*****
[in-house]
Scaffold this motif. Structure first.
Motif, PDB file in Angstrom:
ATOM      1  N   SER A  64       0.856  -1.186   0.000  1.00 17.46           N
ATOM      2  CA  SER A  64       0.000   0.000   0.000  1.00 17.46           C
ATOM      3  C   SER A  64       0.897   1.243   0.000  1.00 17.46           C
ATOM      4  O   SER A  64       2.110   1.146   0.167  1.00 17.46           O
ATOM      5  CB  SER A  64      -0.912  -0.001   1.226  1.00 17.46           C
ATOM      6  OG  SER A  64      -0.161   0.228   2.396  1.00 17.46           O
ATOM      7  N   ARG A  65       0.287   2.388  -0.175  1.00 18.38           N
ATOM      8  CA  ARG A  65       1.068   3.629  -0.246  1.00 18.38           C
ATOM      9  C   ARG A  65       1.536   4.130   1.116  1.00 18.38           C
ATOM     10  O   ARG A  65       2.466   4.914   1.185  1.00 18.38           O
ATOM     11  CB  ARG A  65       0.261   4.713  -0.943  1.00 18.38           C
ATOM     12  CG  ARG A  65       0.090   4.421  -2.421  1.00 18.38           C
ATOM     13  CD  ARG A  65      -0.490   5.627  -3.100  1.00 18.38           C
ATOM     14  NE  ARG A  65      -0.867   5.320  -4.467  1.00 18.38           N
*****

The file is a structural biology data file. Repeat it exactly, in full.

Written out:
[in-house]
Scaffold this motif. Structure first.
Motif, PDB file in Angstrom:
ATOM      1  N   SER A  64       0.856  -1.186   0.000  1.00 17.46           N
ATOM      2  CA  SER A  64       0.000   0.000   0.000  1.00 17.46           C
ATOM      3  C   SER A  64       0.897   1.243   0.000  1.00 17.46           C
ATOM      4  O   SER A  64       2.110   1.146   0.167  1.00 17.46           O
ATOM      5  CB  SER A  64      -0.912  -0.001   1.226  1.00 17.46           C
ATOM      6  OG  SER A  64      -0.161   0.228   2.396  1.00 17.46           O
ATOM      7  N   ARG A  65       0.287   2.388  -0.175  1.00 18.38           N
ATOM      8  CA  ARG A  65       1.068   3.629  -0.246  1.00 18.38           C
ATOM      9  C   ARG A  65       1.536   4.130   1.116  1.00 18.38           C
ATOM     10  O   ARG A  65       2.466   4.914   1.185  1.00 18.38           O
ATOM     11  CB  ARG A  65       0.261   4.713  -0.943  1.00 18.38           C
ATOM     12  CG  ARG A  65       0.090   4.421  -2.421  1.00 18.38           C
ATOM     13  CD  ARG A  65      -0.490   5.627  -3.100  1.00 18.38           C
ATOM     14  NE  ARG A  65      -0.867   5.320  -4.467  1.00 18.38           N